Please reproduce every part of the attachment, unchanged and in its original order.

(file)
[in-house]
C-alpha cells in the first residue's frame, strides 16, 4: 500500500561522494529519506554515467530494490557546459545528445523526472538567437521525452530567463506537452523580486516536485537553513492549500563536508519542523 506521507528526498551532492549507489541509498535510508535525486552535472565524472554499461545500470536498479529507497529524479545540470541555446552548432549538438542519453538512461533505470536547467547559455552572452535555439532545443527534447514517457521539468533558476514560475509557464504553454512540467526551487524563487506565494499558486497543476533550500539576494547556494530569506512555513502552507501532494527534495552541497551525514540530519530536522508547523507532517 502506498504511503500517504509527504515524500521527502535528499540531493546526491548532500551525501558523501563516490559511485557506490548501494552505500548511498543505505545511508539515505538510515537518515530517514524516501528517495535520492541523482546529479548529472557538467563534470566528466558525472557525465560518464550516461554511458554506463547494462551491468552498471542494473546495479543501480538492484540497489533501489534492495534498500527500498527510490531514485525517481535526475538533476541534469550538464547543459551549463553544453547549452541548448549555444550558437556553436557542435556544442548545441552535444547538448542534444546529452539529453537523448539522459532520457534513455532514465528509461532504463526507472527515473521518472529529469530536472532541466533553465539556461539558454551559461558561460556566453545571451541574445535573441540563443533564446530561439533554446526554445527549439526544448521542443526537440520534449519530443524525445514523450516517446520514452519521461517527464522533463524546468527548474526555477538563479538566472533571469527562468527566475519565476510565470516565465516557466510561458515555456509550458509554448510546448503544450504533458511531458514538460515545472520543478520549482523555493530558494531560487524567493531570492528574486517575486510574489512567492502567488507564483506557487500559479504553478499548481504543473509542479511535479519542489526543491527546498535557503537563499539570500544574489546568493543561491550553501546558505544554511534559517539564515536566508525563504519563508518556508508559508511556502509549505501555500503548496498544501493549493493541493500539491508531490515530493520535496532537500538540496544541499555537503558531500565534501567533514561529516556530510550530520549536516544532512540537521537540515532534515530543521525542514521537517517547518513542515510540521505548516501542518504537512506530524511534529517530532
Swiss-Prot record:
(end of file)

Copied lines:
[in-house]
C-alpha cells in the first residue's frame, strides 16, 4: 500500500561522494529519506554515467530494490557546459545528445523526472538567437521525452530567463506537452523580486516536485537553513492549500563536508519542523 506521507528526498551532492549507489541509498535510508535525486552535472565524472554499461545500470536498479529507497529524479545540470541555446552548432549538438542519453538512461533505470536547467547559455552572452535555439532545443527534447514517457521539468533558476514560475509557464504553454512540467526551487524563487506565494499558486497543476533550500539576494547556494530569506512555513502552507501532494527534495552541497551525514540530519530536522508547523507532517 502506498504511503500517504509527504515524500521527502535528499540531493546526491548532500551525501558523501563516490559511485557506490548501494552505500548511498543505505545511508539515505538510515537518515530517514524516501528517495535520492541523482546529479548529472557538467563534470566528466558525472557525465560518464550516461554511458554506463547494462551491468552498471542494473546495479543501480538492484540497489533501489534492495534498500527500498527510490531514485525517481535526475538533476541534469550538464547543459551549463553544453547549452541548448549555444550558437556553436557542435556544442548545441552535444547538448542534444546529452539529453537523448539522459532520457534513455532514465528509461532504463526507472527515473521518472529529469530536472532541466533553465539556461539558454551559461558561460556566453545571451541574445535573441540563443533564446530561439533554446526554445527549439526544448521542443526537440520534449519530443524525445514523450516517446520514452519521461517527464522533463524546468527548474526555477538563479538566472533571469527562468527566475519565476510565470516565465516557466510561458515555456509550458509554448510546448503544450504533458511531458514538460515545472520543478520549482523555493530558494531560487524567493531570492528574486517575486510574489512567492502567488507564483506557487500559479504553478499548481504543473509542479511535479519542489526543491527546498535557503537563499539570500544574489546568493543561491550553501546558505544554511534559517539564515536566508525563504519563508518556508508559508511556502509549505501555500503548496498544501493549493493541493500539491508531490515530493520535496532537500538540496544541499555537503558531500565534501567533514561529516556530510550530520549536516544532512540537521537540515532534515530543521525542514521537517517547518513542515510540521505548516501542518504537512506530524511534529517530532
Swiss-Prot record: